You’re Not What You Eat

Posted: March 19, 2013 in Uncategorized
Tags: , , ,

By Peter Stern, Philosophy Faculty.

Trust me!  Despite all you’ve heard and will continue hearing to the contrary, the title is entirely correct: you’re not what you eat.  Not now. Not last week.  Not next month.  Not next year.

87How can I be so certain?  What evidence do I have proving my contention beyond a reasonable doubt?   Here it is and it’s all very obvious.   Let’s do a thought experiment.  Imagine that this morning for breakfast you ate a big bowl of hot, high fiber, harsh tasting, steel cut oatmeal.

Next, picture yourself getting up from your kitchen table, putting your now empty oatmeal bowl in the sink, running some water in it, shutting off the tap, turning off the kitchen light, and then going to your front closet to get your coat and head off to work.  Lastly imagine putting on your coat, taking your keys out of your pocket, opening and going out the door, and then closing and locking it, before finally taking off for work.

What, you may be wondering, does this have to do with our theme?   Here’s the answer: though you do these things routinely, a bowl of oatmeal can’t.   Thus, you can’t be a bowl of oatmeal and my thesis is proven for you’re not what you eat, at least not the particular morning I have in mind.  And I’m convinced the same thing would be true if instead of oatmeal, you had some eggs and toast or, being in a terrible hurry, you only had time to grab a granola bar before rushing out of your warm comfy abode.

But might a skeptic claim my point’s pretty weak for I’m being much too literal minded.  Our title’s magic phrase doesn’t mean we become an actual glob of oatmeal after scraping  our bowl clean; instead, what’s meant is that our digested meal supplies what our bodies need to keep us healthy.

Yet I continue to hold we’re not what we eat.  Food certainly may influence how we feel and what we want to do, nonetheless the core of who we are isn’t defined by how our body functions as it may or may not be influenced in still not understood ways by what we’ve eaten.

As I see it, putting so much weight on how and what people eat leads to a host of problems large and small.  Slowly, we become preoccupied, even obsessed with food, as does our nation, which is blitzed daily by a media michael_bloombergculture which encourages the obsession.  Mayor Bloomberg’s recent effort to ban the sale of 16 once plus sized containers of soda provides a good example of an aspect of the food obsession now sweeping the land.

The mayor justified his ban arguing it would reduce the incidence of obesity.   One major reason his law makes no sense–and there are many others–is that there’s no data that shows the degree to which 16, or 17, or 18 ounce sodas cause obesity.  In an editorial written a day after a New York State Judge struck down the law, even the New York Times, usually a friend of trendy food regulations, stated that the law was ill conceived and wouldn’t work.

Thus in my view the notion that you are what you eat is both wrong and a symbol of a wider cultural trend which brings more harm than good.   Rather than worrying about becoming what we eat, we’d be better off seeing ourselves as a red red rose, or a dancing star, or the sum total of all we’ve surveyed and, after a good night’s sleep, still hope to survey as our train roars into the future.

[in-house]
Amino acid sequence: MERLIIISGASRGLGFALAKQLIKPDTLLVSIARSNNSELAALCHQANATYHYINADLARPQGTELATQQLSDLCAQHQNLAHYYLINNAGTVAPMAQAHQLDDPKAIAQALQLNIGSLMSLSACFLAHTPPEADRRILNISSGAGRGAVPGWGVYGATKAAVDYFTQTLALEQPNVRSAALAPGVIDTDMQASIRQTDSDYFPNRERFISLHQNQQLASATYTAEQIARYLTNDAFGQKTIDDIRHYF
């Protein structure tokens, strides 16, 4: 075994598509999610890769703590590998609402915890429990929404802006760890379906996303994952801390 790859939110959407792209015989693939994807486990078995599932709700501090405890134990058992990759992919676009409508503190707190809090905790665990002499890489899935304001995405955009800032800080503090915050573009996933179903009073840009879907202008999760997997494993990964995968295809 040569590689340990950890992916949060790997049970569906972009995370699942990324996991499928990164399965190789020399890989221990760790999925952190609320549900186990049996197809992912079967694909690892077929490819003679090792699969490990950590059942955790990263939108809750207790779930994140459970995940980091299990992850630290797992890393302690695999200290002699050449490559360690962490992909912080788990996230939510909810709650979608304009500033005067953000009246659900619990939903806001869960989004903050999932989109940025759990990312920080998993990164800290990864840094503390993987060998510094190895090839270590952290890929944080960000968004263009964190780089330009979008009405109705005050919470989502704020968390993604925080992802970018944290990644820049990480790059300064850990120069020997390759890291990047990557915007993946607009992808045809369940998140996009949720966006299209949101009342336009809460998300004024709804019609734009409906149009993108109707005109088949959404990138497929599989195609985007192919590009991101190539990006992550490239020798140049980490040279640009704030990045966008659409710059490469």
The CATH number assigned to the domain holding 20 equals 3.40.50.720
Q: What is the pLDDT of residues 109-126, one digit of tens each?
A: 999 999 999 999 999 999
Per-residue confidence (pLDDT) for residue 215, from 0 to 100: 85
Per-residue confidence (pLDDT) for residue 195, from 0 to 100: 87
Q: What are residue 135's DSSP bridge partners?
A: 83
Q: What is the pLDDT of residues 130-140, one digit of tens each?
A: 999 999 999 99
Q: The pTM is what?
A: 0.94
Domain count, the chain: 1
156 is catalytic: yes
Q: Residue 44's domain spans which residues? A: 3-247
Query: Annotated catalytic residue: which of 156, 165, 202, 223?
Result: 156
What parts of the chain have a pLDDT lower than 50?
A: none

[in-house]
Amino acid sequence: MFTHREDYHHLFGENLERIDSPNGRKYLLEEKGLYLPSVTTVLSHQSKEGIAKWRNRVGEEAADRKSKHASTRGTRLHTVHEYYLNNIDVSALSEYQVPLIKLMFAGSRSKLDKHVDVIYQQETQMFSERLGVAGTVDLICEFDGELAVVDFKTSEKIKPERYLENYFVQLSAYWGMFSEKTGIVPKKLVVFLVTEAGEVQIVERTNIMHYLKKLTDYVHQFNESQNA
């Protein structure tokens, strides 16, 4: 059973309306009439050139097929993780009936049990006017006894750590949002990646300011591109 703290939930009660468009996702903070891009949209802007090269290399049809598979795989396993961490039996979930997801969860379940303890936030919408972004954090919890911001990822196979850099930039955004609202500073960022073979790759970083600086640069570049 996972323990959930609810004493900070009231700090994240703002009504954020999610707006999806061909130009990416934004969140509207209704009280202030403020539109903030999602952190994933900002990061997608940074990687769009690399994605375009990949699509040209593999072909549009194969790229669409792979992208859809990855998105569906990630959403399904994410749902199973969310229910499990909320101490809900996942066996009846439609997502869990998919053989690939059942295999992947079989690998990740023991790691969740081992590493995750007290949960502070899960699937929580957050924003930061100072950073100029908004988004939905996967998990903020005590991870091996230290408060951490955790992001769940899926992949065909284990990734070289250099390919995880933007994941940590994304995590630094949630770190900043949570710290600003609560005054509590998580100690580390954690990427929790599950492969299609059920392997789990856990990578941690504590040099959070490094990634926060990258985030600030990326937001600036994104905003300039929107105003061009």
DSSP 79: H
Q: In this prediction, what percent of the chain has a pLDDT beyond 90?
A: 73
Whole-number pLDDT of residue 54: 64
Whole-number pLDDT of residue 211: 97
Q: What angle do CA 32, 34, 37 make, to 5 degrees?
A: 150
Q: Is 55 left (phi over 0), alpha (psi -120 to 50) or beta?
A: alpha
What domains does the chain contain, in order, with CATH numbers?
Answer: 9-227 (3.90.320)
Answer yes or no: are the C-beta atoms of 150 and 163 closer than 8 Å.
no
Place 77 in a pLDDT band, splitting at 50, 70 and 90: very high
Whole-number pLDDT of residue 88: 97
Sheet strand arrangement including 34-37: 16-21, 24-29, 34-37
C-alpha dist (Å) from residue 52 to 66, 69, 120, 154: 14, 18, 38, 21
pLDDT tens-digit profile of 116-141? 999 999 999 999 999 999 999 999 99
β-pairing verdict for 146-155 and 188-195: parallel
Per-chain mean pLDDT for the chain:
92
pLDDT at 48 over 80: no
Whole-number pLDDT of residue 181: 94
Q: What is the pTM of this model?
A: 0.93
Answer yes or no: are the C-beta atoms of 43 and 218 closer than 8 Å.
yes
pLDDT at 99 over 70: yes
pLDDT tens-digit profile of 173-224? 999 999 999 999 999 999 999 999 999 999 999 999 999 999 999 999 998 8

1. Jenny says:

    Your claim that there is “no data that shows the degree to which 16, or 17, or 18 ounce sodas cause obesity” is specious in its specificity. In 2008, the studies on the links between obesity and soda couldn’t find a link. In 2012, new studies started showing the links. Here’s a piece from Reuters on the new studies:

    “I know of no other category of food whose elimination can produce weight loss in such a short period of time,” said Dr. David Ludwig, director of the New Balance Foundation Obesity Prevention Center at Boston Children’s Hospital, who led one of the studies. “The most effective single target for an intervention aimed at reducing obesity is sugary beverages.”

    I’m not arguing for or against the ban; I’m just pointing out that there are, in fact, links between soda and obesity.

    • Peter Stern says:

      Dear Jenny,
      Thanks for reading my piece and thanks for responding so quickly and thanks for the Reuters citation.

      As for the substance of your comment, I must confess to being a little unclear what you mean by “specious specificity.” If by “specificity” you mean my reference to the difference made by drinking 16 versus 17 or 18 onces of soda, I used those numbers because that gets to the heart of a key issue Mayor Bloomberg’s ban raises. If a law stipulates particulars, I assume the people who wrote the law had a good reason for choosing the particulars they chose, just as Dr. Ludwig felt that the numbers he cited justified the statements he made about sugary drinks and their elimination.

      I was aware of the soda obesity claim before Bloomberg proposed his law and it has certainly received plenty of publicity in the process of Bloomberg getting his bill passed. Moreover, if we agree to forget for a moment the merits of Bloomberg’s law, and discuss instead the link between soda and obesity, it seems to me that the size of the link is very important: if the link is large, that’s one thing, if it’s small, then the issue becomes very different. So when you write that there are in fact links between soda and obesity, it seems to me you’re leaving out a key part of what makes the issue controversial. Perhaps this is yet another case of the devil being in the details.

      In any event, again, thanks very much for your comment, and I’m going to try and find out more about the studies the Reuter’s article mentioned. Best, Peter

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